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Tuesday, October 31, 2006

 

Generating Economic Freedom

This article focuses on the recent election in Congo between Bemba and Kabila. The problem I find with this article is in what the two candidates are attempting to do which is that of creating economic prosperity. This article states that platform for the two candidates’ calls for basics such as electricity clean water, an end to corruption, and a greater share for the populace in the country's abundant mineral wealth. The belief that providing these essential elements to a society ridden with a corrupt government, economic controls and the diversion of public resources for personal gain will only spur medium growth probably not sustainable for a entire country.

Achieving higher per capital economic growth is possible even in low income countries. Research indicates that the best way for countries to increase economic growth is to adopt policies that promote economic freedom and the rule of law, both which are measured within the index of Economic Freedom. Countries that maintain polices that promote economic freedom such as monetary policy, provide an environment that generates trade and encourages entrepreneurial activity, which produces economic growth. Higher GDP growth rates are associated with improvements in a country's economic freedom. The more a country improves its economic freedom, the higher the average economic growth it experienced. Countries that consistently march toward improved economic freedom enjoy the most progress towards prosperity.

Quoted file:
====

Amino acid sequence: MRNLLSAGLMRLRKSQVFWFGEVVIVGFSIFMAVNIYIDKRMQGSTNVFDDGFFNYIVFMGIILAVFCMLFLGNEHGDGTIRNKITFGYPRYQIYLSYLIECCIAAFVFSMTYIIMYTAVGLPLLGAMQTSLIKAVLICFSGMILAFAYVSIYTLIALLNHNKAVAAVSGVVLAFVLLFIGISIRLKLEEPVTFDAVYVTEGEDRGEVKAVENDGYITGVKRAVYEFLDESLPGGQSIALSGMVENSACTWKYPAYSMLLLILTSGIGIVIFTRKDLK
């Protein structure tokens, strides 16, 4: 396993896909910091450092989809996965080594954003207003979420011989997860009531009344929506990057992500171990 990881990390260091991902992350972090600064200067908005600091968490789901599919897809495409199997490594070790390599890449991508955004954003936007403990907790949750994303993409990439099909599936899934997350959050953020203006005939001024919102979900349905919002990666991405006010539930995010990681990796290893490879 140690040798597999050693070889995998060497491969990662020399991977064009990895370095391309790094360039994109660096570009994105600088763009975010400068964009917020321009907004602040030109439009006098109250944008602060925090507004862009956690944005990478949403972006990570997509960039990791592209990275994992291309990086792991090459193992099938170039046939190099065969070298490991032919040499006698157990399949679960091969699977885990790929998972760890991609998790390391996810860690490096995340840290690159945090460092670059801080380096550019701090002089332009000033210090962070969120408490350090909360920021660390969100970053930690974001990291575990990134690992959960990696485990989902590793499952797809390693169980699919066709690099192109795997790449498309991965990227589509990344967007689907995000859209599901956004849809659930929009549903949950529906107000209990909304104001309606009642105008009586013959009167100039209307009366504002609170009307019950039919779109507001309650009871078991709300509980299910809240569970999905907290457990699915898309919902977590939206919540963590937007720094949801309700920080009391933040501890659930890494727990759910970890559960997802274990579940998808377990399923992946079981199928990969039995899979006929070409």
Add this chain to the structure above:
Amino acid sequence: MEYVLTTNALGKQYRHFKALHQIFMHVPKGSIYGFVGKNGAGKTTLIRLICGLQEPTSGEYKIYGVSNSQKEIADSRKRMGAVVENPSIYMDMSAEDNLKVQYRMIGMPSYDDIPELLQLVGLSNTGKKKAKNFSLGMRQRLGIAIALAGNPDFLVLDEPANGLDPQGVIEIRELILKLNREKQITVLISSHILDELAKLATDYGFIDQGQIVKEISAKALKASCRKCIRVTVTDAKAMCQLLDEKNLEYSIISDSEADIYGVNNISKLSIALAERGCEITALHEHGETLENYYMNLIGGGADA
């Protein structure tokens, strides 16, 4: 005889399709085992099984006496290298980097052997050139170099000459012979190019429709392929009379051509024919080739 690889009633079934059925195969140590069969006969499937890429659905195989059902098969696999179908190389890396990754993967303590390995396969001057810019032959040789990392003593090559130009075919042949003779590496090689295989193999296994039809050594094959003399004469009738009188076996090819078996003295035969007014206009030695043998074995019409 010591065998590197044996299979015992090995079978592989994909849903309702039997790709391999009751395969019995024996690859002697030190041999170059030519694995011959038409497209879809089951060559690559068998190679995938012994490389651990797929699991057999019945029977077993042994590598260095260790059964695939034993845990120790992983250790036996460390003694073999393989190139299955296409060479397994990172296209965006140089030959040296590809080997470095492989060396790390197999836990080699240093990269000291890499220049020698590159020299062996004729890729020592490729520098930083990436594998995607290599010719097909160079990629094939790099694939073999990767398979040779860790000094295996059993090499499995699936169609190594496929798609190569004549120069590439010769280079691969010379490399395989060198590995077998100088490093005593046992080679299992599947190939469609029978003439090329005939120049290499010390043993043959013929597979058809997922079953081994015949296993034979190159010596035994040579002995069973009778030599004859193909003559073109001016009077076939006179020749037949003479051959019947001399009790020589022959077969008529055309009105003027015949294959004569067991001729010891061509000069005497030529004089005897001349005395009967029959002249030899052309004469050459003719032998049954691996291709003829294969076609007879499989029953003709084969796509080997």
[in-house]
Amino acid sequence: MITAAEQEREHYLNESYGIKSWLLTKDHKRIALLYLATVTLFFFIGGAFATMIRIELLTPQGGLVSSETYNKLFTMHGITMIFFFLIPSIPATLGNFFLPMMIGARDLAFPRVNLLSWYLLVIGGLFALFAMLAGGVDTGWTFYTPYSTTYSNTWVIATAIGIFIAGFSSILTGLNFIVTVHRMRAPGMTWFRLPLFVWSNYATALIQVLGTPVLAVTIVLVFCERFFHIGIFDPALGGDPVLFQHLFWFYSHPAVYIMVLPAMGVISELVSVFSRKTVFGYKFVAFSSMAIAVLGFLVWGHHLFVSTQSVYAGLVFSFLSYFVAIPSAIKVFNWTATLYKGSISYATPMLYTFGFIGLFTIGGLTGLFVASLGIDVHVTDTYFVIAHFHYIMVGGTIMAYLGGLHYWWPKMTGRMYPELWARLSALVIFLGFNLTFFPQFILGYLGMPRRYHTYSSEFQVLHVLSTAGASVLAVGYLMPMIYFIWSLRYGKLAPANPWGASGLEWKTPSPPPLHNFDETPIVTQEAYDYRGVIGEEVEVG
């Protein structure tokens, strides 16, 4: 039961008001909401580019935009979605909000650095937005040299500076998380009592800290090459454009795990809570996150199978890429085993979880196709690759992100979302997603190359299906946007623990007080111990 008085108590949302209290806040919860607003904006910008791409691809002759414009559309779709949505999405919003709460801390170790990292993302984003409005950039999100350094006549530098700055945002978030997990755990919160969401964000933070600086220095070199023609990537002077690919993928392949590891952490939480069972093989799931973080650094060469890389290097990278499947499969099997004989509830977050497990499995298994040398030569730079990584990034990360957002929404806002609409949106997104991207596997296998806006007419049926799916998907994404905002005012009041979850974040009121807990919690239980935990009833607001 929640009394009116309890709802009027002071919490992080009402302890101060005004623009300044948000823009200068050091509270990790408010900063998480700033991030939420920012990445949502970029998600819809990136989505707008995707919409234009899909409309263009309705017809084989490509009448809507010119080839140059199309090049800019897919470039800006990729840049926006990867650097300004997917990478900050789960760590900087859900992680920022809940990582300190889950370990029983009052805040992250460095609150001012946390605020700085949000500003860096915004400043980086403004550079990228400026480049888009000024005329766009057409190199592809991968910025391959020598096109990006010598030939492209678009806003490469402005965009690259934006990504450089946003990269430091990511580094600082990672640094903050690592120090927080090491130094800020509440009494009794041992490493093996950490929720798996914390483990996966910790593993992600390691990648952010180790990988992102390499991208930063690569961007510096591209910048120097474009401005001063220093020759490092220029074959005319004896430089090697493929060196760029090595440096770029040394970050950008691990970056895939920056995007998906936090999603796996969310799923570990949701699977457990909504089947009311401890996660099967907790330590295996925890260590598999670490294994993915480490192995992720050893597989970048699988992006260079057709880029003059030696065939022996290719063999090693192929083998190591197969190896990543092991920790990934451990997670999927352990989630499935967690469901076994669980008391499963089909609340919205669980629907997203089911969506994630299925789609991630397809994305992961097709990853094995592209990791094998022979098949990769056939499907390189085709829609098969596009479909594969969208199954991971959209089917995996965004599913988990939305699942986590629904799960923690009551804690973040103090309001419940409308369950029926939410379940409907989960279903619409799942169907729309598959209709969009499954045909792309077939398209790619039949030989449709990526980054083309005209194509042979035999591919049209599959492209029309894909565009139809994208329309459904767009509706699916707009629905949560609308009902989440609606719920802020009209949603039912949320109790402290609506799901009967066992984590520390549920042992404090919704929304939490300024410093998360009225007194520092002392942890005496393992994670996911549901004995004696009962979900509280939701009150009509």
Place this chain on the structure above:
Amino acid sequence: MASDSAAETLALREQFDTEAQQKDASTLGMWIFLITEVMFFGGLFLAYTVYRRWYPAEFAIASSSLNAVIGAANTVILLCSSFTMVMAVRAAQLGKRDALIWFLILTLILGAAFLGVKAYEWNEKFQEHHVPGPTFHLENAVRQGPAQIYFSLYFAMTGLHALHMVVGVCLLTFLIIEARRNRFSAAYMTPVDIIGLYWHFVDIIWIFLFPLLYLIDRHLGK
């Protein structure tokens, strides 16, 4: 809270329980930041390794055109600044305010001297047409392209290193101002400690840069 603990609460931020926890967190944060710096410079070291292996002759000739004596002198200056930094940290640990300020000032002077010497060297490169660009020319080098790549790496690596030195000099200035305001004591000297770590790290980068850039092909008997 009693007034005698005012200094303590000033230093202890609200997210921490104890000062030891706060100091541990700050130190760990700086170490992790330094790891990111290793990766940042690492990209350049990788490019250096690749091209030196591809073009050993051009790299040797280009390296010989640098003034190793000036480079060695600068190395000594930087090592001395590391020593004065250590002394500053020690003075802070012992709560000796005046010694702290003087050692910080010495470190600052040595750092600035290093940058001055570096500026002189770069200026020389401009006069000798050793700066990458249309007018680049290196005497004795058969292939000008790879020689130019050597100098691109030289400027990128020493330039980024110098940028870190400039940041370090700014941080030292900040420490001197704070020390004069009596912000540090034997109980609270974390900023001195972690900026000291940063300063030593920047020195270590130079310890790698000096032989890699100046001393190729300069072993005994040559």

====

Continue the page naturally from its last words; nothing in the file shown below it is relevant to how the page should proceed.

Why would economic freedom contribute to economic growth? With high taxation, corruption and trade barriers the country experiences a lag in economic growth. The more involved the government is in the economy the lower the chance that individuals, investors, and businesses will be able to gain because the costs of the private economic activity become higher. This tends to encourage specialized individuals to leave the country for better opportunities that do not contribute to GDP.

Providing assistance to a poor nation will not spur economic growth. Policies and institution is what should matter. Developing countries must create their own internal reforms by executing policies that encourage economic freedom. Unfortunately in many cases foreign assistance has dame development more difficult by encouraging corruption, and the continuance of bad policies.

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